In the 1980's and 1990's plastic surgeons started performing deep plane or sub-SMAS facelifts that elevated the deep tissue connective tissue plane under the skin. "SMAS" is an acronym for superficial musculoanoneurotic system. It is a wordy term that describes the connective tissue layer under the skin that is continuous with the frontalis muscle in the forehead and the platysma muscle in the neck. Sometimes it is called the "muscle layer," although it is made up of inelastic connective tissue in the face. In deep-plane facelifts, the tension is applied to this deeper tissue, which is relatively strong and inelastic. This avoids tension on the skin. The skin comes up with this deeper layer and the fat layer is sandwiched in between.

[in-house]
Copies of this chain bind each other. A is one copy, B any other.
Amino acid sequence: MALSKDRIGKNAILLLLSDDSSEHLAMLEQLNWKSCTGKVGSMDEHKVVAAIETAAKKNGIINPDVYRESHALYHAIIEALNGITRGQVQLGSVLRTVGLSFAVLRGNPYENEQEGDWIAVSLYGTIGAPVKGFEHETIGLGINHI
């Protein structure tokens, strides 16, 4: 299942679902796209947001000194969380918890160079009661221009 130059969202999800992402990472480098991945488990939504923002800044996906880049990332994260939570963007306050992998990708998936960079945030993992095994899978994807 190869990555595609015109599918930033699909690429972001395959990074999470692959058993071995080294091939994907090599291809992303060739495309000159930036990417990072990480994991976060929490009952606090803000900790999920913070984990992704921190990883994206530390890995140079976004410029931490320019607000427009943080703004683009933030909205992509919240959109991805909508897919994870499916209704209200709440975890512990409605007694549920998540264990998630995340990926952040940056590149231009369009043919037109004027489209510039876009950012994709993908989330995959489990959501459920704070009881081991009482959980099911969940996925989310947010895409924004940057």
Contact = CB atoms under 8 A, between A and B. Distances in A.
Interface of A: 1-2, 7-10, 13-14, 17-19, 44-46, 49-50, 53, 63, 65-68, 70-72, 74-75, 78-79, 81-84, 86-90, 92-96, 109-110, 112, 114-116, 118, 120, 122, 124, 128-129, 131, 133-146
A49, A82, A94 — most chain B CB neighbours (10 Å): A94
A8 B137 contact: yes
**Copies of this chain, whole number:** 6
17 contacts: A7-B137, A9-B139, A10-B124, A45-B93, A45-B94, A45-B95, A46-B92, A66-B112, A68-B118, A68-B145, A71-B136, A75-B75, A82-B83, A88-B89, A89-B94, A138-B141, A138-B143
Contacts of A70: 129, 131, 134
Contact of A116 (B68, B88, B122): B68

The subperiosteal facelift was introduced in the 1990's. Often these lifts were performed using an endoscope and referred to as "minimally invasive," another catchphrase. However the plane of dissection, just over the bone, did not make sense anatomically. There was not enough movement of the more superficial facial tissues. Not surprisingly, this technique did not become popular. Suture-suspension techniques were tried and found to be ineffective- there was too much distance between the fixation point and the tissue being elevated.